Everyone hopes that love will last forever, that only other people’s loves will fail. But what if the unthinkable happens to you?
Ringwald's (Getting the Pretty Back, 2010) debut novel employs a series of interlaced stories with a constellation of characters at different stages of life facing varied obstacles (many self-created) in the path of love. Among the characters fumbling to understand their own behavior and bewildered by the consequences of their actions is Greta. She and Phillip have built a secure, happy marriage, one that helps her endure the indignities of a third round of fertility injections and the difficulties of raising their energetic 6-year-old daughter, Charlotte. When Phillip confesses he has cheated on her with Theresa, Charlotte’s 19-year-old violin teacher, Greta is staggered. She returns to her mother, Ilsa, who faces her own challenges in love, including her plan to take in Greta’s drug-addicted nephew, Milo—Milo, who is so difficult that his own mother has run away to join a New-Age yoga practice. Ilsa challenges Greta: Doesn’t everyone deserve a second chance? But Greta cannot forgive Phillip. As she tries to repair her life, Greta embarks on a relationship with the much younger Peter. Estranged from Greta, Phillip forges a friendship with Marina, whose son, Oliver, is a friend of Charlotte’s. Oliver, however, likes to dress up in Charlotte’s clothes, which leads to his being attacked by older boys. Ringwald deftly weaves together the threads of these stories, creating a tapestry that captures the emotional landscape of both young and well-worn relationships. Amid the dust of that landscape lies a sort of letter to Theresa, a letter that exposes the myriad emotions swirling in the aftermath of a betrayed love.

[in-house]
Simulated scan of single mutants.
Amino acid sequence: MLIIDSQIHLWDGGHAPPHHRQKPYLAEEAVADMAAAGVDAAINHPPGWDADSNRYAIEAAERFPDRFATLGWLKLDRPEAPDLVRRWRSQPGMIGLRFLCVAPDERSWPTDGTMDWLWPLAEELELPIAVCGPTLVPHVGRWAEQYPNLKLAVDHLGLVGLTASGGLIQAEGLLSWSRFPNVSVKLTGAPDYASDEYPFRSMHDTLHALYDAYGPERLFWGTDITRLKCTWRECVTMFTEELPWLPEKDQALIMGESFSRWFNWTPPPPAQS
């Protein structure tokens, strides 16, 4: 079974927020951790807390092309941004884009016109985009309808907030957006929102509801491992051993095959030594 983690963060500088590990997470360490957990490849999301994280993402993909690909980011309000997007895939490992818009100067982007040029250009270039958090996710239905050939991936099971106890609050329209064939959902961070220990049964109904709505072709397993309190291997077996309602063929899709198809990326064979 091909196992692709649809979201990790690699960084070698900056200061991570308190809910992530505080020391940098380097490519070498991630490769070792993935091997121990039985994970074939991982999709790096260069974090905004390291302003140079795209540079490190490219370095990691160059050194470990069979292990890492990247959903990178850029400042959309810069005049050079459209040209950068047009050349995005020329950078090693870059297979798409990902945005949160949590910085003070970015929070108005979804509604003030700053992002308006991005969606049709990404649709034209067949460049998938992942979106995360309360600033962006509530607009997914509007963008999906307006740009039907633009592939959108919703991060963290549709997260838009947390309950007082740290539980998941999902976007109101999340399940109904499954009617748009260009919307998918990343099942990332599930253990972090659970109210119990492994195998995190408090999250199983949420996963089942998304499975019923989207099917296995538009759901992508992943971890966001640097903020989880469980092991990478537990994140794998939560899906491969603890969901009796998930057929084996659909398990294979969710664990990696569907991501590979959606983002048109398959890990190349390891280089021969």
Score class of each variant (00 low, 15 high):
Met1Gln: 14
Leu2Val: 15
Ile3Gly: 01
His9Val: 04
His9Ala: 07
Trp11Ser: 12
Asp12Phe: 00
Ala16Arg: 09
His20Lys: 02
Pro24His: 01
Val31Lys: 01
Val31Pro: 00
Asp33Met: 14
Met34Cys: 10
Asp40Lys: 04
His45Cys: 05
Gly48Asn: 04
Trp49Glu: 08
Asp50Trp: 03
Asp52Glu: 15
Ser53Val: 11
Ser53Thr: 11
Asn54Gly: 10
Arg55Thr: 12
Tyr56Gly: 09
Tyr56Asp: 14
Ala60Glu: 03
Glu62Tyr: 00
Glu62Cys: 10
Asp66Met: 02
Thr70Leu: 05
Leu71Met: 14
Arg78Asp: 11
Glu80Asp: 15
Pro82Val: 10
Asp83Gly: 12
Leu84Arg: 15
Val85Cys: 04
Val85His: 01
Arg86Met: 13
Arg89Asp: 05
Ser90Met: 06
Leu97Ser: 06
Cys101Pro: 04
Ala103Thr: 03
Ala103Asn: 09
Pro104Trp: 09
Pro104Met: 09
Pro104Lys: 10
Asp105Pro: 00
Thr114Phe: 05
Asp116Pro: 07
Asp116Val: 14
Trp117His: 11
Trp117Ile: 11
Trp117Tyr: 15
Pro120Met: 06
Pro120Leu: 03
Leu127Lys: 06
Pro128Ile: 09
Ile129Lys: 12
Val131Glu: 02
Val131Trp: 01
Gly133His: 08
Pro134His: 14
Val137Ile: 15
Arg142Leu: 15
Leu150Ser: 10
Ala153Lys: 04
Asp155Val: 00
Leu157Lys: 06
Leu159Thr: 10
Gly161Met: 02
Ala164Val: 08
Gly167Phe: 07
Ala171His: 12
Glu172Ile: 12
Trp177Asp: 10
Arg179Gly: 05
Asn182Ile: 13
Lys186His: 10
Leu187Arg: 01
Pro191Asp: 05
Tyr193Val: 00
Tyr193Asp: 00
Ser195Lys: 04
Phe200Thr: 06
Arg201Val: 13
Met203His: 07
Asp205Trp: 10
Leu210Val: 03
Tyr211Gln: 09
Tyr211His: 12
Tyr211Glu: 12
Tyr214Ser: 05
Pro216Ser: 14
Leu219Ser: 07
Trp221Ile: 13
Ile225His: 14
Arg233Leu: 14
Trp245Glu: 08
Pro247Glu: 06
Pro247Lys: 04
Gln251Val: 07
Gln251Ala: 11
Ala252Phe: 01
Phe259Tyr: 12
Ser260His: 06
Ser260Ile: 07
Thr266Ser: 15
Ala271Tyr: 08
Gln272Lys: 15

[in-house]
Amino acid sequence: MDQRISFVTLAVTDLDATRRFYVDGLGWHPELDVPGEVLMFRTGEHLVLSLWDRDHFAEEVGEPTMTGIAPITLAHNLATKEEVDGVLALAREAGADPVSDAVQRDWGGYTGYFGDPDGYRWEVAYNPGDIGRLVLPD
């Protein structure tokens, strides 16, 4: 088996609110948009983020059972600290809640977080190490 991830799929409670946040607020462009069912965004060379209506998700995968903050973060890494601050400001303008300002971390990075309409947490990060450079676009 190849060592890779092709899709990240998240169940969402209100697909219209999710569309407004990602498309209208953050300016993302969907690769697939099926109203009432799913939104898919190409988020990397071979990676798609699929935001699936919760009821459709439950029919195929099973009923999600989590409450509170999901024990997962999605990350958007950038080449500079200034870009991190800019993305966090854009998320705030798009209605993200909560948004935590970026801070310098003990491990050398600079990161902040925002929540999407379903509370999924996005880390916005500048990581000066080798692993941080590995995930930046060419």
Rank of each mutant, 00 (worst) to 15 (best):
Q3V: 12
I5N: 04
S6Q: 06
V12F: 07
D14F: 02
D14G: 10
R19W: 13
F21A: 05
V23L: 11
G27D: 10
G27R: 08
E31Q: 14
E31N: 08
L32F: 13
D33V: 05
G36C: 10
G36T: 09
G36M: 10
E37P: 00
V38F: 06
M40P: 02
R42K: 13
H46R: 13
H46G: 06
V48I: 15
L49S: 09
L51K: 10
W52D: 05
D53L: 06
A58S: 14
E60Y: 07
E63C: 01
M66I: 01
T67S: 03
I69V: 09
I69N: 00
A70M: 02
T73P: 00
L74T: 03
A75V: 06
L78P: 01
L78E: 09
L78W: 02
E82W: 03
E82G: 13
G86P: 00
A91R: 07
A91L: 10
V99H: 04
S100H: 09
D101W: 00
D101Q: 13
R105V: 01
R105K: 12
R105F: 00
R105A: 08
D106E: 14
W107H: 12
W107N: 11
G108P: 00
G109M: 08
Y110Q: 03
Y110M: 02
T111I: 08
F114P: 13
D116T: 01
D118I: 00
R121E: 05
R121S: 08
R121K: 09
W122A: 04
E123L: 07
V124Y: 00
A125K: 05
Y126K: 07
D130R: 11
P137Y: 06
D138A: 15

This is a beautiful exploration of how the heart’s irrational responses to love and betrayal can stand in the way of forgiveness.